The court found that the respondent was able to satisfactorily discharge her parental rights and responsibilities and that the welfare of the child did not require for consent to adoption to be dispensed with. Therefore, the court refused to grant an adoption order but the court conferred orders for parental rights and responsibilities and residence on the petitioner instead as this was considered the more appropriate course for the court to take[24]. These orders were to run alongside the father’s residence order.


Step-parent adoption is relatively common and this case reinforces that in a situation where the petitioner already enjoys much of the role of a parent, there still has to be a clear advantage to formalising this through an adoption order. The requirement that it be better for the child that an order be made than not[25] is still in place and this requires it to make a significant difference to the child. In this case, no such advantage was identified and the alternatives to adoption were considered more appropriate for this particular situation. The case supports the rights of non-resident parents, even in a situation such as the present one where the parent has little to no contact with the child, protecting the possibility of a different relationship in future. It also emphasises the serious nature of permanently severing the parent-child relationship as there must be a significant reason to do so.

Another of the issues raised in this case was that the reports did not consider the alternatives to adoption. This emphasises the importance, for professionals providing such reports, of considering all of the options for a family considering adoption. This will help to avoid leaping to the conclusion of adoption and leaving it as a last resort for the courts.

There is a lot of controversy over the provisions in the 2007 Act relating to dispensing with parental consent to adoption as they can be seen to constitute a breach of the Article 8 right to private and family life. However, this depends on how they are interpreted. The word “requires” in section 31(3)(d) was seen by the Supreme Court to import the necessity test and that the discretion this allows for Sheriffs is required to the reflect the nature of the subject matter[26]. S v L saw the word “requires”[27] to mean that it was necessary for the child’s welfare and more than just desirable or reasonable to dispense with parental consent. This stricter test allows for the Act to be used by the courts without it being a violation of Article 8 rights. X v Y followed the precedent laid out in S v L, thereby establishing it as authoritative in this area.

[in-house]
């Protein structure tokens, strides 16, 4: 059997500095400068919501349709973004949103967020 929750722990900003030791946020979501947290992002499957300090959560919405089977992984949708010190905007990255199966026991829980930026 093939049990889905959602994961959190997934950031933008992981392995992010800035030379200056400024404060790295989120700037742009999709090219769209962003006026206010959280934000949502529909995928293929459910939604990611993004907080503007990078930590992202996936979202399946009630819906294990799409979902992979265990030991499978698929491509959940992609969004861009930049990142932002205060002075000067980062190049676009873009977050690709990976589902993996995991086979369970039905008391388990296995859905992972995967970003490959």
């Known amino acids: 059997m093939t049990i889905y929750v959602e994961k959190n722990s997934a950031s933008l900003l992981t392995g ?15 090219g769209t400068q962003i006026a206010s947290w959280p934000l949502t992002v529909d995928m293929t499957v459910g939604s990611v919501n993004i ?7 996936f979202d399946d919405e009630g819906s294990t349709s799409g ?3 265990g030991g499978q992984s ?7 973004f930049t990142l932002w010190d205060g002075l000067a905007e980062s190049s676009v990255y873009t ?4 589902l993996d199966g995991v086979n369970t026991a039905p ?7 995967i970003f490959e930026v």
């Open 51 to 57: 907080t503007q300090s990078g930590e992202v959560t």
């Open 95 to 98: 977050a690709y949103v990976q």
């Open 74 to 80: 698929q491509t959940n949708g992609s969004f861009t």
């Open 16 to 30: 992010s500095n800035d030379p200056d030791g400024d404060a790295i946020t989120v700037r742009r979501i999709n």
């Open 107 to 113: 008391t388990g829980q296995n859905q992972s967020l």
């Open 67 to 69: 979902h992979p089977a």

Kenneth Norrie is particularly concerned about these provisions and their being interpreted in line with the European Convention of Human Rights[28]. While he was more content with the stricter interpretation by Lord Reed in S v L, than with the provisions alone, he was not entirely satisfied as he feels it leaves room for doubt. Norrie sees the welfare test as being dangerous even if it is applied as it was in S v L and, as a result, in this case too. He thinks that it could result in dispensing of the consent of a capable and reasonable parent who could have prevented adoption before this legislation was enacted. He argues that if a parent cannot be shown to be incapable of exercising their rights and responsibilities then there must be a strong justification to dispense with consent if this is to be in line with Article 8.

However, the strict test applied in X and Y protected the non-resident parent, despite having very little relationship with the child in question. The first test the court applied in X v Y, to see whether the parent was able to discharge their parental responsibilities and exercise their parental rights, seems adequate to assuage Norrie’s concerns as a capable and reasonable parent would pass this test. The pairing of these two tests together, as the court did in this case, is the key to applying these provisions without jeopardising the rights of parents unduly.